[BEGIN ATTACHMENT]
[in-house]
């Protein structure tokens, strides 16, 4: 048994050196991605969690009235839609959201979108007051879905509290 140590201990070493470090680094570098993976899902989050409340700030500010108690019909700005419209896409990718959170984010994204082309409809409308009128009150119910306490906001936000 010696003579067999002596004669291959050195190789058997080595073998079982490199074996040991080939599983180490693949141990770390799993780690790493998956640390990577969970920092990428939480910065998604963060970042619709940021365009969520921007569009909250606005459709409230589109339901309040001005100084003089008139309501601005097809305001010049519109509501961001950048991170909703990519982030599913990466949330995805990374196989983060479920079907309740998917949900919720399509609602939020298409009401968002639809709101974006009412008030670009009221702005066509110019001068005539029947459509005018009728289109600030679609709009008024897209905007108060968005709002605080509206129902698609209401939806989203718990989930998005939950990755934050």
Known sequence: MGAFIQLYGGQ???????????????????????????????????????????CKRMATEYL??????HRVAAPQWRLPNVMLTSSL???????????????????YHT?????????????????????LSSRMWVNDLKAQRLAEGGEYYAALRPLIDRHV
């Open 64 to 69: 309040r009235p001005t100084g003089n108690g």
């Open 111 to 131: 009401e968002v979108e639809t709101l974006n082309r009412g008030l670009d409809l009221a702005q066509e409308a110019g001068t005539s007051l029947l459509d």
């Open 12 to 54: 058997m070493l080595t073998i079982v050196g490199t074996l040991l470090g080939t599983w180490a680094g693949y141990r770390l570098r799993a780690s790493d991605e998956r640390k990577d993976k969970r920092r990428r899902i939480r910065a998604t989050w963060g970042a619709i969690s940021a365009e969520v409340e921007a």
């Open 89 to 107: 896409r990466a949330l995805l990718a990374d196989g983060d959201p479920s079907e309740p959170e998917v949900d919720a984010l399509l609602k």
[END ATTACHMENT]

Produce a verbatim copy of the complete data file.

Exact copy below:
[in-house]
């Protein structure tokens, strides 16, 4: 048994050196991605969690009235839609959201979108007051879905509290 140590201990070493470090680094570098993976899902989050409340700030500010108690019909700005419209896409990718959170984010994204082309409809409308009128009150119910306490906001936000 010696003579067999002596004669291959050195190789058997080595073998079982490199074996040991080939599983180490693949141990770390799993780690790493998956640390990577969970920092990428939480910065998604963060970042619709940021365009969520921007569009909250606005459709409230589109339901309040001005100084003089008139309501601005097809305001010049519109509501961001950048991170909703990519982030599913990466949330995805990374196989983060479920079907309740998917949900919720399509609602939020298409009401968002639809709101974006009412008030670009009221702005066509110019001068005539029947459509005018009728289109600030679609709009008024897209905007108060968005709002605080509206129902698609209401939806989203718990989930998005939950990755934050």
Known sequence: MGAFIQLYGGQ???????????????????????????????????????????CKRMATEYL??????HRVAAPQWRLPNVMLTSSL???????????????????YHT?????????????????????LSSRMWVNDLKAQRLAEGGEYYAALRPLIDRHV
């Open 64 to 69: 309040r009235p001005t100084g003089n108690g």
């Open 111 to 131: 009401e968002v979108e639809t709101l974006n082309r009412g008030l670009d409809l009221a702005q066509e409308a110019g001068t005539s007051l029947l459509d």
């Open 12 to 54: 058997m070493l080595t073998i079982v050196g490199t074996l040991l470090g080939t599983w180490a680094g693949y141990r770390l570098r799993a780690s790493d991605e998956r640390k990577d993976k969970r920092r990428r899902i939480r910065a998604t989050w963060g970042a619709i969690s940021a365009e969520v409340e921007a």
């Open 89 to 107: 896409r990466a949330l995805l990718a990374d196989g983060d959201p479920s079907e309740p959170e998917v949900d919720a984010l399509l609602k």